“We are all under pressure after [Cristiano] Ronaldo left. Myself maybe more because I am on loan,” admitted Alvaro Morata last November.
The Spaniard returned to Juventus in the summer following a rather chastening Euros campaign in which he was booed by his own supporters and later saw his penalty saved by Gianluigi Donnarumma in Spain’s semi-final shootout defeat to Italy.
However, Morata could take solace in knowing he was returning to a city in which he was borderline adored while playing a much-suited Robin role to Juventus’ Batman, Cristiano Ronaldo. This secondary function had facilitated Morata’s most productive season since 2016/17 under Andrea Pirlo. While Ronaldo was crowned Capaconniere, Morata chipped in with 11 Serie A goals and an impressive nine assists in 2020/21.
But, Ronaldo’s stunning reunion with Manchester United in the final week of the summer transfer window thrust the Spaniard to the forefront once more with Juve merely mustering a Moise Kean in their bid to mitigate against the loss of an all-time great. Morata was now the lead guy.
And in the Spaniard’s case, great responsibility brings increased anxiety and reduced productivity.
Alvaro Morata has always struggled when performing the lead role
Last season, the striker hit 21 goal contributions in just over 2,000 minutes of Serie A action. This time around, he has six contributions in 1,428 minutes. The underlying figures further depict this downturn: Morata’s xG per 90 is down from 0.49 to 0.29 and on the creative side of things, his shot-creating actions and goal-creating actions (both per 90) are down 0.22 and 0.23 respectively.
The 29-year-old’s increased responsibility this season has been magnified by Paulo Dybala’s perpetual injury struggles and Federico Chiesa’s recent ACL tear after he missed the final month of 2021 due to a thigh problem.
Throughout his career, a pattern has emerged of Morata’s production in relation to his respective responsibility. I know this seems pretty arbitrary but hear me out. During his first spell at Juventus, Morata thrived when Carlos Tevez and Fernando Llorente were the primary striker options and he once again excelled at Real Madrid, scoring 16 La Liga goals in 2016/17, in a team that contained Ronaldo, Karim Benzema and Gareth Bale.
Then, when he made the move to Chelsea, the burden of being the protagonist – and costing £60m – eventually caught up with the Spaniard after a bright start to life in west London.
Now, after a rather mundane two-year spell at Atletico Madrid, Morata’s mental fragility has manifested once more. The pressure of being Juve’s leading striker has got to him, but it’s worth noting that his struggles this season aren’t solely mental. Massimiliano Allegri’s incessance on having a target-man leading the line and forcing the Spaniard into that function certainly hasn’t helped. Despite his physical presence, Morata is just not that guy. He’s much better suited to being a channel runner or simply an outlet.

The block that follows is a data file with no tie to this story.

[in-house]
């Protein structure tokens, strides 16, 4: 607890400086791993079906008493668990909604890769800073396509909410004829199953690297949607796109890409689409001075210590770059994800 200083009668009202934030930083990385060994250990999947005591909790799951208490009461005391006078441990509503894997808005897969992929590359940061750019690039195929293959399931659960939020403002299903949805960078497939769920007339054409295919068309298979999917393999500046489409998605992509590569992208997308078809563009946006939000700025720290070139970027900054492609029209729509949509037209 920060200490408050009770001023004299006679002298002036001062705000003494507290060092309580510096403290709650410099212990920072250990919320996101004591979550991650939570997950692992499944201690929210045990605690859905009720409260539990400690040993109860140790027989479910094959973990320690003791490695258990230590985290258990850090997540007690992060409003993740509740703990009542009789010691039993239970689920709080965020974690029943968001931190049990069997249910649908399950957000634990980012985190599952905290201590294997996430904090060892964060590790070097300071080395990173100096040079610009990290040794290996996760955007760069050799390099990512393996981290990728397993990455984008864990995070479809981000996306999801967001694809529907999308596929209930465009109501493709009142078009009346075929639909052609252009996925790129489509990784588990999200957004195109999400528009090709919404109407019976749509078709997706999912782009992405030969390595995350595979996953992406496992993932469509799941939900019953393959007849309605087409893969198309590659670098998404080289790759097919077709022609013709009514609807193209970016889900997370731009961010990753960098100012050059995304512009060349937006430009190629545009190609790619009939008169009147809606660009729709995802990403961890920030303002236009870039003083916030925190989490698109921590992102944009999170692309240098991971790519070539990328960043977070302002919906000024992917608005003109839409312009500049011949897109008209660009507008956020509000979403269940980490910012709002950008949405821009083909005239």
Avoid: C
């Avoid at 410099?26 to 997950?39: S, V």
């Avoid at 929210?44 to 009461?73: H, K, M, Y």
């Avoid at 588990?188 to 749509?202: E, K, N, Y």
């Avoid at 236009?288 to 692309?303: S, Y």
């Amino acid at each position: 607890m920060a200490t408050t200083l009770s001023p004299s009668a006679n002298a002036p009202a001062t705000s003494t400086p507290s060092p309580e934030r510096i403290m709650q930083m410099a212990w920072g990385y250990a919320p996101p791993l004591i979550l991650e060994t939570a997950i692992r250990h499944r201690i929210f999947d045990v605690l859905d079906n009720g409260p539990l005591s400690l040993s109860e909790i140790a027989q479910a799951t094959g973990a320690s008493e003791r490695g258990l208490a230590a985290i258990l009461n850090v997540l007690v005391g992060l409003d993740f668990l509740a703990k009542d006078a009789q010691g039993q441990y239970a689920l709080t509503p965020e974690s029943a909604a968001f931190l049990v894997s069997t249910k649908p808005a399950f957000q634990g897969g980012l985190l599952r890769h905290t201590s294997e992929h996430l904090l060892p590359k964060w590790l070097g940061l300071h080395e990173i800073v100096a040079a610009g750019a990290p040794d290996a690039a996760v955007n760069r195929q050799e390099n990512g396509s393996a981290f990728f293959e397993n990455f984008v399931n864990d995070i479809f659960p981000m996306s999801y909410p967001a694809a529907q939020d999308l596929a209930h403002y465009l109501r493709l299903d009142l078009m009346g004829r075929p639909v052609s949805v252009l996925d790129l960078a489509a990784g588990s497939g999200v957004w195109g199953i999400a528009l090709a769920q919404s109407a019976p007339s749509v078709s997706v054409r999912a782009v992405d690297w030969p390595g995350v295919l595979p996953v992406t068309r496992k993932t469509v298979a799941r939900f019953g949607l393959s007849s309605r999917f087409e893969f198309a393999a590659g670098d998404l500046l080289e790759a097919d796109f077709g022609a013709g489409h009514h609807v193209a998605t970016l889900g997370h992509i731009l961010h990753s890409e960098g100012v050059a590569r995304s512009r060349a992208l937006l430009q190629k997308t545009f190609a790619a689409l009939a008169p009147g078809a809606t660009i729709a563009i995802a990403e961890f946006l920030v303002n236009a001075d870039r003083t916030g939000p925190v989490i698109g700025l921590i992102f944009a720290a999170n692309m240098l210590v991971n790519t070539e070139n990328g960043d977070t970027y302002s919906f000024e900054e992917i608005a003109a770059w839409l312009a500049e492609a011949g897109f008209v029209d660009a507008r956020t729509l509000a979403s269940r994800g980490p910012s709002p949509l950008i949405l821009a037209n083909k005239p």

Why Dusan Vlahovic’s arrival should benefit Alvaro Morata
Dusan Vlahović’s imminent arrival at Juventus should benefit the Spaniard two-fold. While his minutes are set to be reduced, Morata is no longer Juve’s number one forward option. That burden falls onto Vlahović, but given the indefatigable attitude he’s displayed throughout his career thus far, that’s a challenge he’ll relish.
Morata now, while still expected to produce, may well turn provider and put up similar creative numbers as he did in 2020/21.
From a tactical perspective, Allegri could pair Vlahović and Morata up top in his default 4-4-2 or, if he’s feeling a little wild, a 4-3-1-2 with Dybala functioning as the trequartista. Should these two join forces up top, one will be tasked with target-man duties (Vlahović) while the other runs in behind and stretches the pitch (Morata). This role suits the Spaniard down to the ground and this dynamic has the potential to be a harmonious one should Allegri opt to use it from time to time.
While the arrival of the now 22-year-old Serb was expected to pave the way for Morata to join Barcelona, it seems that the Spaniard will remain in Turin for the rest of the season and see out his two-year loan.
The next six months are crucial in defining the peak and post-peak of the 29-year-old’s career with Juventus currently having no intention to sign the striker permanently in the summer.
However, a productive end to the campaign serving as Vlahović’s sidepiece could alter the minds of the hierarchy, or only accelerate his proposed move to Barcelona.